“You must call me Mr. Incredible,” is what my dad used to tell us all the time. So of course, my brother and sisters would giggle and refuse, because it was a command, and a silly one. We thought it was hilarious for my dad to request something like that. As I got older, I thought that the request got old too. Why continue, knowing it wouldn’t happen? And why would you want us to call you after a balding, middle-aged superhero with a huge belly who runs around in red spandex (like, ew, please don’t, Dad). Well, Dad, this is me, finally calling you Mr. Incredible.
My dad is pretty awesome. He’s kind of a badass, but he’s also one of the nicest guys I know. It took me a long time to see it, but my dad is a much more complicated man than just what’s on the surface. I mean, we all are more complicated than our outer self would suggest, but I think my dad is more so than most. He’s both a nerd and a jock. He’s an intellectual who loves really stupid comedies. He can talk about the details of economics and calculus, or create awesome artwork. When we’re young, we’re taught to see things in black and white, even if we don’t realize it. But we’re all grey. My dad is grey.
My dad is Robin Hood, and Mr. Incredible, and The Iron Monkey, and Superman. Which is pretty cool, when you think about it.
As a kid, I only saw Superman, and this one had no kryptonite. But as I grew older I saw things like kindness, generosity, and compassion that I had never even thought to look for. I think I refused to call my dad Mr. Incredible, but I may have called him Mr. Crabbs at some point. Crusty on the outside, soft inside. (Love you, dad.)
My dad taught me that everything is not, in fact, black and white. He taught me to think about things on my own and not to take everyone else’s opinions and ideas at face value, even if they seemed to make sense at first. Even when they had evidence to back it up. I learned to ask questions, of everything. To observe, ask, and then find answers. I learned to analyze. He would talk about politics and other people and science and books in a way that I never heard other people talk about them. He talked about faults in people’s views, even when he agreed with most of what a person was saying, and talked about books that he liked, but also why he liked them, why the main character annoyed him, why it was a good story, and what he wished had been different. I heard him talk about things calmly, rationally, and without making the other person feel stupid if they disagreed.
Through this love of learning and discussion and analyzing, my dad was also the one who taught me to love books. When I was younger, we didn’t have cable TV. My dad didn’t let us sit in front of the TV very often, so we’d read. Ultimately, this has led to my ambition to be an author. He didn’t get upset if I stayed up until 6am on Saturday morning because I just didn’t know time was passing as I read a book. Because, hey, his kids love to read! I read everything I could get my hands on that had horses or dragons in it, and it was not long until I started trying to write my own stories. I didn’t show many of them to my dad, I don’t think, not because I was trying to hide them, but because I started writing just because it brought me joy, not because I wanted or needed others to read it. But when I’d show my writing to my dad, he always encouraged it. He told me I did a good job, but also told me when things didn’t make sense or were wrong. Whether it was artwork, writing, riding horses, or anything else, my dad was always there telling me that I was doing well, telling me to keep going, and that I should do something with my talents and dreams, even if they sounded crazy. It was always, “Of course you can do it,” along with a practical, “But you’ll have to work for it.”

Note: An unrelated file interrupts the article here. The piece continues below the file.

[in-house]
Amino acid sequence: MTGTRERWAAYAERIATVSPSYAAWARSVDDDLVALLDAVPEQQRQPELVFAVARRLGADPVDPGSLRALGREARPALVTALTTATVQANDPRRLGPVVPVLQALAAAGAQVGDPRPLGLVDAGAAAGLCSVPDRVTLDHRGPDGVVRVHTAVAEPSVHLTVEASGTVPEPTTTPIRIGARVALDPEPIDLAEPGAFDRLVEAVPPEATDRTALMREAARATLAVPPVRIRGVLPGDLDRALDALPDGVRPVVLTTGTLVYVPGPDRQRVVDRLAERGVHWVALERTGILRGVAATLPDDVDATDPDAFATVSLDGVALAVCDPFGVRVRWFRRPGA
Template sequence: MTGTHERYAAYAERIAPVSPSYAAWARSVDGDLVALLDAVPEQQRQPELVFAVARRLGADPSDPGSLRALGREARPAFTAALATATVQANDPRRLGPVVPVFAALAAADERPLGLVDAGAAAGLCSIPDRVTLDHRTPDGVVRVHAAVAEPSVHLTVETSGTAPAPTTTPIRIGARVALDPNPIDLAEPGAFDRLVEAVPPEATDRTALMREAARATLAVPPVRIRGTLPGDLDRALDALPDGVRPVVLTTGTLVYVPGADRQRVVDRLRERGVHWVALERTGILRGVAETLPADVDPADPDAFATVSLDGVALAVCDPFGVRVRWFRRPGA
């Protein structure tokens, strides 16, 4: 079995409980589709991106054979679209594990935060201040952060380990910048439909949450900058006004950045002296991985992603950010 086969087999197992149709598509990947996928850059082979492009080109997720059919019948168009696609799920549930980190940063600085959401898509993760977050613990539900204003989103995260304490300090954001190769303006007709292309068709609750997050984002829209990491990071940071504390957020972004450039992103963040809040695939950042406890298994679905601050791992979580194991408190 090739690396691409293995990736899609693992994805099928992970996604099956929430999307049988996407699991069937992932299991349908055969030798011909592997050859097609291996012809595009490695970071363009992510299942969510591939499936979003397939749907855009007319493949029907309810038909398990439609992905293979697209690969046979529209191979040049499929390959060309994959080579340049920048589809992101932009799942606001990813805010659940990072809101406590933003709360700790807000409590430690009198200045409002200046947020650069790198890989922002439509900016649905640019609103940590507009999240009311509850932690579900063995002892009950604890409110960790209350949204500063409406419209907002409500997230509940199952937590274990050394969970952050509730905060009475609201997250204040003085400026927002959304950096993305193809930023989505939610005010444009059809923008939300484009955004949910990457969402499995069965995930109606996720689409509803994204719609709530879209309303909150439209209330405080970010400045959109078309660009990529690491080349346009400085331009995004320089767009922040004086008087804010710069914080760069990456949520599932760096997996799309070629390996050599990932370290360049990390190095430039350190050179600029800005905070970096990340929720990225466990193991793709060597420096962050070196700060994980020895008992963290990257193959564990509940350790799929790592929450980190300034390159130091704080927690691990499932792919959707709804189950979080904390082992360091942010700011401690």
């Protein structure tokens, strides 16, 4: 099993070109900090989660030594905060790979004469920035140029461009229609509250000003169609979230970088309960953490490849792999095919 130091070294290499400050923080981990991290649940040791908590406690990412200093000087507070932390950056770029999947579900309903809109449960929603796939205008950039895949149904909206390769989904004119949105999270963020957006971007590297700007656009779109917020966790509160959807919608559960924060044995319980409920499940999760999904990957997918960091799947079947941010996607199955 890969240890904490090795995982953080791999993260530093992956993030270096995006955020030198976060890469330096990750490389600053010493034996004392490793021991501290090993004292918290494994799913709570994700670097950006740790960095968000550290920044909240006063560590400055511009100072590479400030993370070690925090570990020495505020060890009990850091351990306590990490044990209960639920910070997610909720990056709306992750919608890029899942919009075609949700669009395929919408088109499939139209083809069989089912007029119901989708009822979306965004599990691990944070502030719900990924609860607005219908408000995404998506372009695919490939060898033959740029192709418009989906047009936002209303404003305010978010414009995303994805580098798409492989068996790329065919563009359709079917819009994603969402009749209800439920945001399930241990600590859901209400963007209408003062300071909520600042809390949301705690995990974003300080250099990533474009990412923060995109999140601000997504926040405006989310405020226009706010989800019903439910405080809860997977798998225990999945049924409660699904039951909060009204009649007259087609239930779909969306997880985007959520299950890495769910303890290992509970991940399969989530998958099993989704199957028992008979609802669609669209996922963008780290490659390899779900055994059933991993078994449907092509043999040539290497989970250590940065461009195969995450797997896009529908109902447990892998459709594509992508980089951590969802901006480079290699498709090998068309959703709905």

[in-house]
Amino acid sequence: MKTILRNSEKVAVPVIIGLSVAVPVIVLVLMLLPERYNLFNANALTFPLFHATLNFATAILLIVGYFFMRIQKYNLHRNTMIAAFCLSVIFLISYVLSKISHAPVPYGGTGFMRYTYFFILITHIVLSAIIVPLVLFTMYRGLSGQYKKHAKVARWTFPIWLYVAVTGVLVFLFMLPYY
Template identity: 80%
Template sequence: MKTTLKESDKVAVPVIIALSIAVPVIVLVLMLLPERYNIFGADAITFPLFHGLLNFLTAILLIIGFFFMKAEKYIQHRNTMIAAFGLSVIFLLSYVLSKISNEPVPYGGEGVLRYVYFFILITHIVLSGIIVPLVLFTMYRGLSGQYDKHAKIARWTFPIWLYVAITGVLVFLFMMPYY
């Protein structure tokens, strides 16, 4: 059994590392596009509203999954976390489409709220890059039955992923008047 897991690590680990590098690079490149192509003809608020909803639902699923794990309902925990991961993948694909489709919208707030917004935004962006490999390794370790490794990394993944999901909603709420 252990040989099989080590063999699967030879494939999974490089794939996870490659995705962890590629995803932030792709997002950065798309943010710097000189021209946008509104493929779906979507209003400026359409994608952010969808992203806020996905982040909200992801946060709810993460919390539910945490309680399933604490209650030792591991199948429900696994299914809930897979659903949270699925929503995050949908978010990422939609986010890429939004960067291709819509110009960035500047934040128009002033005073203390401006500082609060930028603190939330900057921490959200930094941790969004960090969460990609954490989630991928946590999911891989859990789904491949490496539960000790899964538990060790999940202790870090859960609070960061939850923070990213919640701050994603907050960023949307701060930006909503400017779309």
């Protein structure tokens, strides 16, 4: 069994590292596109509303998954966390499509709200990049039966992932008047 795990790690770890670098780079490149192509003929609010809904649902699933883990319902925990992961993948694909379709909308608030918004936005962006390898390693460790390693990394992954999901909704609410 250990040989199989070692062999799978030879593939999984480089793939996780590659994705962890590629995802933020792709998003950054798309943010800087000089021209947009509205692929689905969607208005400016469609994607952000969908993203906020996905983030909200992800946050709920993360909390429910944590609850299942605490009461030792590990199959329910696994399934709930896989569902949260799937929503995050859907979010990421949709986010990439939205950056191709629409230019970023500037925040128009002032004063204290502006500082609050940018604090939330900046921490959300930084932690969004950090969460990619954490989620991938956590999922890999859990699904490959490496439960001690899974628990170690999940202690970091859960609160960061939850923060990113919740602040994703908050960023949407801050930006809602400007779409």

Though my dad isn’t generous in the same way that my mom is, giving large things often, he is generous in other small ways that really do matter too. I didn’t realize how much those ways matter until I was on the receiving end of many of these actions as I prepared for my wedding day, and prepared to move out of my parents’ homes. My dad has worked hard all of his life so that he can give like no one else, and he does. My dad is generally quiet, both in speech and in action; in the sense that he’d rather be at home with a book than out partying (I got that from him). But he’s the kind of quiet that is approachable. It’s a steady quiet. I may not always have known it, but I can count on him to be there. I know I’m always welcome into his home, and I know there will always be a hug and a cup of tea and a silly comedy that we can laugh at way too hard. Not because the movie is that funny, but because the others’ reaction to some part of the movie or another will be priceless and we won’t be able to help ourselves.
I really don’t think that I’ll ever fully comprehend what fatherhood is like, because I will never be a father, but I am very proud to say that my dad influenced the type of man that I chose to marry (my husband is also incredibly smart and creative and opinionated and well-read and motivated and…so much more) and so I hope that one day when my husband and I have kids, I will get to witness fatherhood from the perspective of a wife, and maybe I’ll see something of what it was like for my dad.
If I’ve learned anything, it’s that fathers really do matter, because I’ve seen the imprint my own father has left on me. I may not always understand it, but I can see it, and feel it. And for better or for worse, that imprint is with me until the day that I die, influencing and changing me.
Regardless of what else my dad is to me or to others, some part of me will always see the Mr. Incredible that I refused to acknowledge growing up.
Happy Father’s Day, Dad.
Your oldest (and favorite) child.